If we’re in this for fame and glory, then today’s Gospel should set us straight. Earlier in Jesus’s ministry, his family tried an intervention because “he is out of his mind” (Mark 3:21). To that, Jesus promptly redefined his family: “Whoever does the will of God is my brother and sister and mother” (3:35). At his next visit home after a long stint performing miraculous healings, Jesus’s neighbors feign astonishment, which quickly becomes offense: Just who does he think he is?
We might hear echoes of the times when those closest to us didn’t understand us and even rejected us. Others recall warnings that no matter what people tell us is possible, we can never break free of the circumstances and limitations of the status, race, or ethnicity we are born into.Those who have tried to have the difficult conversations with family about systemic inequality can feel with Jesus the heartache of wanting to preach God’s radical justice only to be scorned by those we love. Click To Tweet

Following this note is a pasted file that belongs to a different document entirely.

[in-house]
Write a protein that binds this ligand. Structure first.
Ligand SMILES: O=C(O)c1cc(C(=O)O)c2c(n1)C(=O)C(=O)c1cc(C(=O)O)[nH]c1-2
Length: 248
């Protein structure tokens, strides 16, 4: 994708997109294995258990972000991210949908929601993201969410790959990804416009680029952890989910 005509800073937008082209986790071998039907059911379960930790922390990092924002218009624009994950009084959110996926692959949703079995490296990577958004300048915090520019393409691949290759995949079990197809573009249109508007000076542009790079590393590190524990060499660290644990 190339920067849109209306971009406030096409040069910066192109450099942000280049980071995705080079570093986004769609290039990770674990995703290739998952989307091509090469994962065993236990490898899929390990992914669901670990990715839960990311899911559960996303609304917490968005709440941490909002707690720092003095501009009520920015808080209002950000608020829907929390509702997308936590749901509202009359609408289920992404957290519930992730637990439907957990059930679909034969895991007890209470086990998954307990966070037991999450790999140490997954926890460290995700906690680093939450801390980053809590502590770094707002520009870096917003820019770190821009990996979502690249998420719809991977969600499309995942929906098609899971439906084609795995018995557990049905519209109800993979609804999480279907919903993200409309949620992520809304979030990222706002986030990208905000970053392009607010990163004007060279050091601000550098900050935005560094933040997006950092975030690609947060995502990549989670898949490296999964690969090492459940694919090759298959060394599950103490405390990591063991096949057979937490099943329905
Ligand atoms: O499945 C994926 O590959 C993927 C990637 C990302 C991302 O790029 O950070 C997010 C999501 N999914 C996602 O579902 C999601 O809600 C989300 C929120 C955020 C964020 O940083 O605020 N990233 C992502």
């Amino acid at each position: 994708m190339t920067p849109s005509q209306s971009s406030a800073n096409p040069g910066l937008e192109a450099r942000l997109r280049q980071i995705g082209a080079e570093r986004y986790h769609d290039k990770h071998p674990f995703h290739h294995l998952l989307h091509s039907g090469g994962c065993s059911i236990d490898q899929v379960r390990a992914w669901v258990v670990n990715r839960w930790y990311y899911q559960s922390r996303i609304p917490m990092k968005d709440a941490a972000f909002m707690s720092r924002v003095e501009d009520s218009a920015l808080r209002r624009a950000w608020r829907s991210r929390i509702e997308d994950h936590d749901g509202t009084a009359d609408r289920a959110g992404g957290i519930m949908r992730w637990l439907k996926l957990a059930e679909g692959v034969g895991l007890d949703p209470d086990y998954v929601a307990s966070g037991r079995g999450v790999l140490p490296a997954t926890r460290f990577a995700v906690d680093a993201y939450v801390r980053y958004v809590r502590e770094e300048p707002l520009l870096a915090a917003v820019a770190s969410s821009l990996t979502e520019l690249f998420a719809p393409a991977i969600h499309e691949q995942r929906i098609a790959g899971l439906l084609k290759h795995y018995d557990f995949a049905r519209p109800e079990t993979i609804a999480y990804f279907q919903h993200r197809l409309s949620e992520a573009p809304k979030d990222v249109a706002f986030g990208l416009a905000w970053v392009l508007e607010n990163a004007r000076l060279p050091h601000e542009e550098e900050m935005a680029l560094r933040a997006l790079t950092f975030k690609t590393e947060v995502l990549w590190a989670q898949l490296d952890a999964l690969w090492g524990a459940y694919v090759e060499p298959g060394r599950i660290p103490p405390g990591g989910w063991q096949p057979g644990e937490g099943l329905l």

Still others who have tried to have the difficult conversations with family about systemic inequality can feel with Jesus the heartache of wanting to preach God’s radical justice only to be scorned by those we love.
For Jesus and the disciples he sends out in next Sunday’s Gospel—and for us—God’s reign must be preached with persistence, whether it is convenient or inconvenient. That is what prophets do. The prophet’s reward may be faithful hearts, or it may be death. But the prophet’s glory is always in doing the will of God.
This post was first published in “GIA Quarterly: A Liturgical Music Journal.”
Image credit: Photo by Simon Berger on Unsplash.
Read more reflections on the Sunday readings here:
- The heart of the Eucharist
- Come and fill our hearts
- The slow work of the Spirit
- Listen for the Spirit
- Let’s be recognized